* On June 14, 2004, around 3 pm, Singhal was called by D G Vanzara, then DCP (Crime Branch), to the Bungalow No. 15, Duffnala, Shahibaug, office. D H Goswami, Police Inspector, was also present. Vanzara had drafted a complaint in which some contents (names, number of rounds etc.) were blank. It was pertaining to the story of the encounter which was later registered as the FIR.
* Around 11 pm (on June 14, 2004), Vanzara convened a meeting at the same bungalow with accused Crime Branch officers, including Singhal. It was decided at this meeting that the gunmen of Vanzara and P P Pandey (the then Joint Commissioner (Crime) who had become Additional Director General of Police by the time he was arrested last year) — namely Mohanbhai Nanjibhai Menat and Mohanbhai Lalabhai Kalaswa — would be used to carry out the operation. Accordingly, these police officers reported to Singhal at Indira Bridge Circle around 1.30 am on June 15, 2004.
* On June 15, 2004, Singhal along with Tarun Barot, Mohan Bhai, Lala Bhai Kalaswa (gunmen of D G Vanzara), Anaju Jiman Chaudhry (Commando), I K Chauhan, and N Nizammuddin reached the scene of crime about 4 am. As instructed by Singhal, Amjad Ali was also brought to the scene of the crime.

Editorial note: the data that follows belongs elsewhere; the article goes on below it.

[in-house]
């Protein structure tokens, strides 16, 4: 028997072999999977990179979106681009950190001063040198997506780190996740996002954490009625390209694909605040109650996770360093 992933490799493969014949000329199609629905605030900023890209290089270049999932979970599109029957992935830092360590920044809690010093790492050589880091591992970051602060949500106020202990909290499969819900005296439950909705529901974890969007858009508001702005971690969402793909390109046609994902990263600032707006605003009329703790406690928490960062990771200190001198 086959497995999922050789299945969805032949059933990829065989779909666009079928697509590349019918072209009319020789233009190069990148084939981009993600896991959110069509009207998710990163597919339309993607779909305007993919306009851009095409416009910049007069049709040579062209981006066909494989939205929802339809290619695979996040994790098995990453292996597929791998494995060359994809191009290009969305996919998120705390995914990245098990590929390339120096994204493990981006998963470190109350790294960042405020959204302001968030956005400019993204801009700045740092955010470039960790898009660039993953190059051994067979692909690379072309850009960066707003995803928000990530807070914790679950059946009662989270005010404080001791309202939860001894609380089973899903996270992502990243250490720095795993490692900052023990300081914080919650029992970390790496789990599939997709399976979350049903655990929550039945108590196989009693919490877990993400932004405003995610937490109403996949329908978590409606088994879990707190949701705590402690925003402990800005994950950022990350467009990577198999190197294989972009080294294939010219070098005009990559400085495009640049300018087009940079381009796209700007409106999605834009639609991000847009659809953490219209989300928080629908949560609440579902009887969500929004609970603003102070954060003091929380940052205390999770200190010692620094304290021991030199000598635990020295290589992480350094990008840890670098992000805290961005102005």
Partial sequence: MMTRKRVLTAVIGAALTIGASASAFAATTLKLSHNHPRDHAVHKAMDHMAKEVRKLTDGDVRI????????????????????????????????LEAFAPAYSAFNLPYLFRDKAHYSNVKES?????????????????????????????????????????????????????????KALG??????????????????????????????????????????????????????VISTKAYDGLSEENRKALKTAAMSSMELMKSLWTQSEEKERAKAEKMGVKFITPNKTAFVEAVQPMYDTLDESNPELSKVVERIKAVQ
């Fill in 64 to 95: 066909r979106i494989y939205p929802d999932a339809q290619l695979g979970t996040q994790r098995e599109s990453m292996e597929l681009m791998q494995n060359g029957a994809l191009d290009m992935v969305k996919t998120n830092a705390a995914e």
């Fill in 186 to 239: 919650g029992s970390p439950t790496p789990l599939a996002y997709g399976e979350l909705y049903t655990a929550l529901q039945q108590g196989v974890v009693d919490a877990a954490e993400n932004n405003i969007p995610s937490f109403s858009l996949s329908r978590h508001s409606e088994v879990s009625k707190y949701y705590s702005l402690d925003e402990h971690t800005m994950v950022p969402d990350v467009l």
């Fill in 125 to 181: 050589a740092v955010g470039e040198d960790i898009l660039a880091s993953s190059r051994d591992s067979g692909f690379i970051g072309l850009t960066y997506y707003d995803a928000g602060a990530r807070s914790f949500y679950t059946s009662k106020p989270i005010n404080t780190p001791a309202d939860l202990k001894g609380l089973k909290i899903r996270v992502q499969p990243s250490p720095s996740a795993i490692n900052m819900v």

* The CBI details how, on Singhal’s instructions, Amjad was made to stand at the road divider. Ishrat, Javed and Jishan were brought in the blue Indica driven by two constables of the Crime Branch, where Amin was present with his team at the scene of crime. Amin parked the car at the road divider, and Javed was shifted to the driver’s seat. Amin and his squad, and Barot who was in Singhal’s squad, fired 70 rounds at the four detainees. The fake encounter got over at 5 am after which the weapons were planted near Amjad, and yellow powder was kept in the car to show it as an explosive.
*Commando Mohan was made to fire several rounds from an AK-56 rifle, which was later planted on Amjad Ali Rana. This AK-56 was brought to the scene by Barot, who had received it in a bag from G L Singhal.
Pandey, Vanzara, Amin, Singhal, Parmar, Barot and Anaju Jhiman Chaudhry, all senior officers of the Gujarat Police, the CBI said, had committed “offences of murder, abducting to murder, wrongful confinement, criminal conspiracy, causing disappearance of evidence or giving false information, destruction of evidence.”
NOT ONLY ISHRAT
Before his arrest in Ishrat Jahan fake encounter case, Singhal was a star anti-terror cop in Gujarat.
Singhal claimed to have cracked the Akshardham temple attack case a day after it was transferred to him in August 2003. (Two fidayeen had killed more than 30 people on Sept 24, 2002). Earlier this month, the Supreme Court acquitted all six arrested and said the “police caught innocent people and got imposed the grievous charges against them which resulted in their conviction and subsequent sentencing”.
Singhal was investigating officer in 2002 communal riots revenge case in which there was a trial against 44 accused and in January 2010, the Special Court (POTA) acquitted 22. The other 22 were subsequently released by the High Court.